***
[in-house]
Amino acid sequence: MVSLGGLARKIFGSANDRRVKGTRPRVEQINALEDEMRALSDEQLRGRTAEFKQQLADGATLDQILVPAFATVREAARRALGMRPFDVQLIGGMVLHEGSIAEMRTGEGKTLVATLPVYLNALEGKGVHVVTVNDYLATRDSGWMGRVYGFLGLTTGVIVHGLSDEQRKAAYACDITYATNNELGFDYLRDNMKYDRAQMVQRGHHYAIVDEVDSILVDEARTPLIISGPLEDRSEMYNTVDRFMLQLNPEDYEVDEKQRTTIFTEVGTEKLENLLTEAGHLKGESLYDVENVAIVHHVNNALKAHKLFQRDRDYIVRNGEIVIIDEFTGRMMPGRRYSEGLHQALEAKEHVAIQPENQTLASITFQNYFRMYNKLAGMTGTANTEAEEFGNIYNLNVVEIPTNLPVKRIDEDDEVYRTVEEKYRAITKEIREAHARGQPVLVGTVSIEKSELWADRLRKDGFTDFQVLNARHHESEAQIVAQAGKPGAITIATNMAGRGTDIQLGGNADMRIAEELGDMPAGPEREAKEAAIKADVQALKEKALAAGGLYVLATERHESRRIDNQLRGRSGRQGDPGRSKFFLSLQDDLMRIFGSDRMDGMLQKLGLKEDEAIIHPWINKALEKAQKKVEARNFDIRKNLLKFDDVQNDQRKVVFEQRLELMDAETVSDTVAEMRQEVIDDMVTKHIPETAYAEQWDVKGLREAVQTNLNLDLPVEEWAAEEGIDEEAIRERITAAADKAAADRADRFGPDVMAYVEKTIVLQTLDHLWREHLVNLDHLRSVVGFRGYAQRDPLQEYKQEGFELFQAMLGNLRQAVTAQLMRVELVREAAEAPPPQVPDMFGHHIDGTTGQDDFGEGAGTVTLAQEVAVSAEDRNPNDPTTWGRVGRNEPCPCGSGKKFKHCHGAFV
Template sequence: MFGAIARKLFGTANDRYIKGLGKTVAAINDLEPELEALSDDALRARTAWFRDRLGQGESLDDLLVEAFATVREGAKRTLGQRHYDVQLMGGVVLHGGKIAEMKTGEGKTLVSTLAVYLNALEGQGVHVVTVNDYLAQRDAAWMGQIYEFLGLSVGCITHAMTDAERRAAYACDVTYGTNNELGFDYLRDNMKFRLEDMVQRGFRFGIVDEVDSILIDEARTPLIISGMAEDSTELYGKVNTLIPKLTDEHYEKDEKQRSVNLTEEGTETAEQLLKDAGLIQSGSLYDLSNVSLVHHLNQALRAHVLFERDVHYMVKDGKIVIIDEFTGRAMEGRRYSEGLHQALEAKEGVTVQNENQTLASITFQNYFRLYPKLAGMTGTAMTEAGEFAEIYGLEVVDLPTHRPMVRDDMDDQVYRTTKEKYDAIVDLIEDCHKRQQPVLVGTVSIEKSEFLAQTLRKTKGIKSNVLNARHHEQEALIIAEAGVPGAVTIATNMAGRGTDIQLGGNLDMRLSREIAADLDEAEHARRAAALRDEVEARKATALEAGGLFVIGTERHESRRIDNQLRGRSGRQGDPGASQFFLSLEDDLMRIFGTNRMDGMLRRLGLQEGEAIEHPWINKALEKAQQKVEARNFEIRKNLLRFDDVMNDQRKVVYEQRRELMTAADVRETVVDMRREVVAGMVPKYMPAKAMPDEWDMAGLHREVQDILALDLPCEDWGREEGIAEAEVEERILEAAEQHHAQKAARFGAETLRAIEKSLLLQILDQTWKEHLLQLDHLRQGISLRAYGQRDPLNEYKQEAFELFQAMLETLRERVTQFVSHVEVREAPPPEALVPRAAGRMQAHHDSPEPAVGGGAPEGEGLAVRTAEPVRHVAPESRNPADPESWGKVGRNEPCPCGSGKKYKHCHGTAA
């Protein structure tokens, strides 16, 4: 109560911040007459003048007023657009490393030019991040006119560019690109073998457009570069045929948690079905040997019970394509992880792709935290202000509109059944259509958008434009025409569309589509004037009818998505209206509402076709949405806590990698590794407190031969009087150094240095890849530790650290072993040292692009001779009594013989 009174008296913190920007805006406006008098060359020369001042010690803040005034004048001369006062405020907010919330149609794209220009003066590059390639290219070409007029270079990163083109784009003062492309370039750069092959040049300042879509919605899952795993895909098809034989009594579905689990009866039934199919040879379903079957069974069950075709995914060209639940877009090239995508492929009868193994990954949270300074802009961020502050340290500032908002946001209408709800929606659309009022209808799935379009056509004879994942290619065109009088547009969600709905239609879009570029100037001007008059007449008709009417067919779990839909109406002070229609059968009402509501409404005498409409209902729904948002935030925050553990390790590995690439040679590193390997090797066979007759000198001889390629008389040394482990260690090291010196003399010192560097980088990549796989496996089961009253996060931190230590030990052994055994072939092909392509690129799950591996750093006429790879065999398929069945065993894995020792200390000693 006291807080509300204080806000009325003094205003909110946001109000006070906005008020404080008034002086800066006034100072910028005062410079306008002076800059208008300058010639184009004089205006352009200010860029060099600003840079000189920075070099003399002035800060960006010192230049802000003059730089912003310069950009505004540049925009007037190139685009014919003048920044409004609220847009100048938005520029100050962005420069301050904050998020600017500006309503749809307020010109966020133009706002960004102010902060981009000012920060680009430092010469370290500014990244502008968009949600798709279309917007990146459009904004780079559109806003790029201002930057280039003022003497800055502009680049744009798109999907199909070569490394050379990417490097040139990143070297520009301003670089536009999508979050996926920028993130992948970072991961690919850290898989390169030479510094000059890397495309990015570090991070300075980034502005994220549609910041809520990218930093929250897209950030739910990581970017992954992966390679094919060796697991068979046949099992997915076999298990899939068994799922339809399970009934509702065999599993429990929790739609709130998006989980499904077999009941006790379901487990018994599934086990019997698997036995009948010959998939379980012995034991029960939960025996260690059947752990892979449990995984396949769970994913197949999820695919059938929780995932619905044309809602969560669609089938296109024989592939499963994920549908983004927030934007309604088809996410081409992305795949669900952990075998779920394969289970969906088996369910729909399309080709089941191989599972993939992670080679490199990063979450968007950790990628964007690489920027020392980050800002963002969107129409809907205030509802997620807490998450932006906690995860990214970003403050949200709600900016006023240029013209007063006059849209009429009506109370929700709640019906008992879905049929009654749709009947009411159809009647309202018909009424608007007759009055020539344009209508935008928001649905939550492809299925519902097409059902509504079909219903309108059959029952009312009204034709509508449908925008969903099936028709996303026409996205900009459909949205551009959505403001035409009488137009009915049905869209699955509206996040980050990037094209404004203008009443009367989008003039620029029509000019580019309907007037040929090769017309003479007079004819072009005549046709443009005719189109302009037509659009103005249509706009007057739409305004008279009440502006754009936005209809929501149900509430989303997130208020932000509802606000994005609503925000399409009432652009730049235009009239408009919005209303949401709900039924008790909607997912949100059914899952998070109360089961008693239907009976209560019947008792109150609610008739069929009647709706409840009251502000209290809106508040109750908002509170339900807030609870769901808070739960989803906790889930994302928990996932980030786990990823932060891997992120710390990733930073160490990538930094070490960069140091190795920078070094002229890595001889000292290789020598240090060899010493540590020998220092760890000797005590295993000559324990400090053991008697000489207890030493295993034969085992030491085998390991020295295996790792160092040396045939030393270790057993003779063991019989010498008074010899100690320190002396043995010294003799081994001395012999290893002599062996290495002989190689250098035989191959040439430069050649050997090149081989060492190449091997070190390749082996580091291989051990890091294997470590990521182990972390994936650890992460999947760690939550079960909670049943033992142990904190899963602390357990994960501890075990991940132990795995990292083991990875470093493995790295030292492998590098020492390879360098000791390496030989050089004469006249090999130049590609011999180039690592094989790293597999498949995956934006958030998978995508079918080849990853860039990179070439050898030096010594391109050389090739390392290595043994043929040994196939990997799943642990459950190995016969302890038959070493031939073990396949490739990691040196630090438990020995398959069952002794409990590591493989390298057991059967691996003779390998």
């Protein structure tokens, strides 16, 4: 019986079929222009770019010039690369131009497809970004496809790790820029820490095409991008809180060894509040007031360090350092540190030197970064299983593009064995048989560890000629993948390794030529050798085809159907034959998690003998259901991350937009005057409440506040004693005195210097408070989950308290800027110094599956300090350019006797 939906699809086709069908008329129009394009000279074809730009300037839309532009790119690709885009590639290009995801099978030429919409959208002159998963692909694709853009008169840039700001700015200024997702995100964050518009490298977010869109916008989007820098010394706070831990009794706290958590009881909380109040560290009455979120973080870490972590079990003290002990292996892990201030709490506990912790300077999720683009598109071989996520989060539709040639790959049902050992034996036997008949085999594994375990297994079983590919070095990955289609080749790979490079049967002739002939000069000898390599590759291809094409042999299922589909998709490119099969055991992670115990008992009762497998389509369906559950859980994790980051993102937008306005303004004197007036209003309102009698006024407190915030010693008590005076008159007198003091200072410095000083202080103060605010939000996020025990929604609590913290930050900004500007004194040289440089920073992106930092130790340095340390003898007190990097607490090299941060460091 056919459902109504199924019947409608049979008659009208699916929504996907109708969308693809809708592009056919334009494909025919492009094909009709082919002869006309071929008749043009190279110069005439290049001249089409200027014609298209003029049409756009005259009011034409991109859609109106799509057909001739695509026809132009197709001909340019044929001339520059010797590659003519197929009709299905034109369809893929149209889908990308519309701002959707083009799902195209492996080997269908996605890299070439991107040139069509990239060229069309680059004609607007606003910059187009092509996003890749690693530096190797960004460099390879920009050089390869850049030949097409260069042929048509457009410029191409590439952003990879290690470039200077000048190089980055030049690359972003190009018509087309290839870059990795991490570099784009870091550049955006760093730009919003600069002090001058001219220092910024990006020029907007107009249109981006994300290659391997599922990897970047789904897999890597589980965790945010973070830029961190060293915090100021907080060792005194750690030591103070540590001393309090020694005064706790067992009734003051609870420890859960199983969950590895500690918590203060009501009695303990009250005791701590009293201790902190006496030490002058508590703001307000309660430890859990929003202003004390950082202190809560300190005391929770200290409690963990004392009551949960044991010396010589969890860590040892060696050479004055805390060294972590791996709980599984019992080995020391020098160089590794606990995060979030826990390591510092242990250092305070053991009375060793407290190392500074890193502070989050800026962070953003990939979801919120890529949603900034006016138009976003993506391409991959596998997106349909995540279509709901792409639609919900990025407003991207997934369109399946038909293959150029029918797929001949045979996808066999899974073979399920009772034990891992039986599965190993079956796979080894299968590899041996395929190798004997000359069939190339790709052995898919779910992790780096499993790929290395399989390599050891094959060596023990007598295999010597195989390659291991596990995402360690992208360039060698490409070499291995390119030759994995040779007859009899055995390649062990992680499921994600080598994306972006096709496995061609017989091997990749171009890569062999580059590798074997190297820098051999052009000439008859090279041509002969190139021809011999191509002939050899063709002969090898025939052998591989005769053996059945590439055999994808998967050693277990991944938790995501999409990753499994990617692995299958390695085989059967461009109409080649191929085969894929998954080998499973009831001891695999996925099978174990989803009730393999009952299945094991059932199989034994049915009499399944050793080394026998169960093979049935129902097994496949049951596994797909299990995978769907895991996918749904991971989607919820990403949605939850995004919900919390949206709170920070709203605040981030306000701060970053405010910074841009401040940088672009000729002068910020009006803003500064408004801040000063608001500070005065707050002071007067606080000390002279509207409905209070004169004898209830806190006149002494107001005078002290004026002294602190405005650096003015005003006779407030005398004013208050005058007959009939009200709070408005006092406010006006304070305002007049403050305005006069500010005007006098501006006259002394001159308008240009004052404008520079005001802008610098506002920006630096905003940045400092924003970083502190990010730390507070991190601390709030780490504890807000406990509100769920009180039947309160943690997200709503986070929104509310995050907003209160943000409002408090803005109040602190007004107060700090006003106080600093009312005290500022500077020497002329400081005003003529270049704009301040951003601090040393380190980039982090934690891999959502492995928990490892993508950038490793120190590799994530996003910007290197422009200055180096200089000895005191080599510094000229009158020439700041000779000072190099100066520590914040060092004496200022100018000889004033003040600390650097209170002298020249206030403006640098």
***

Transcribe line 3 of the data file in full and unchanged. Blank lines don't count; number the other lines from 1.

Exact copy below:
Template sequence: MFGAIARKLFGTANDRYIKGLGKTVAAINDLEPELEALSDDALRARTAWFRDRLGQGESLDDLLVEAFATVREGAKRTLGQRHYDVQLMGGVVLHGGKIAEMKTGEGKTLVSTLAVYLNALEGQGVHVVTVNDYLAQRDAAWMGQIYEFLGLSVGCITHAMTDAERRAAYACDVTYGTNNELGFDYLRDNMKFRLEDMVQRGFRFGIVDEVDSILIDEARTPLIISGMAEDSTELYGKVNTLIPKLTDEHYEKDEKQRSVNLTEEGTETAEQLLKDAGLIQSGSLYDLSNVSLVHHLNQALRAHVLFERDVHYMVKDGKIVIIDEFTGRAMEGRRYSEGLHQALEAKEGVTVQNENQTLASITFQNYFRLYPKLAGMTGTAMTEAGEFAEIYGLEVVDLPTHRPMVRDDMDDQVYRTTKEKYDAIVDLIEDCHKRQQPVLVGTVSIEKSEFLAQTLRKTKGIKSNVLNARHHEQEALIIAEAGVPGAVTIATNMAGRGTDIQLGGNLDMRLSREIAADLDEAEHARRAAALRDEVEARKATALEAGGLFVIGTERHESRRIDNQLRGRSGRQGDPGASQFFLSLEDDLMRIFGTNRMDGMLRRLGLQEGEAIEHPWINKALEKAQQKVEARNFEIRKNLLRFDDVMNDQRKVVYEQRRELMTAADVRETVVDMRREVVAGMVPKYMPAKAMPDEWDMAGLHREVQDILALDLPCEDWGREEGIAEAEVEERILEAAEQHHAQKAARFGAETLRAIEKSLLLQILDQTWKEHLLQLDHLRQGISLRAYGQRDPLNEYKQEAFELFQAMLETLRERVTQFVSHVEVREAPPPEALVPRAAGRMQAHHDSPEPAVGGGAPEGEGLAVRTAEPVRHVAPESRNPADPESWGKVGRNEPCPCGSGKKYKHCHGTAA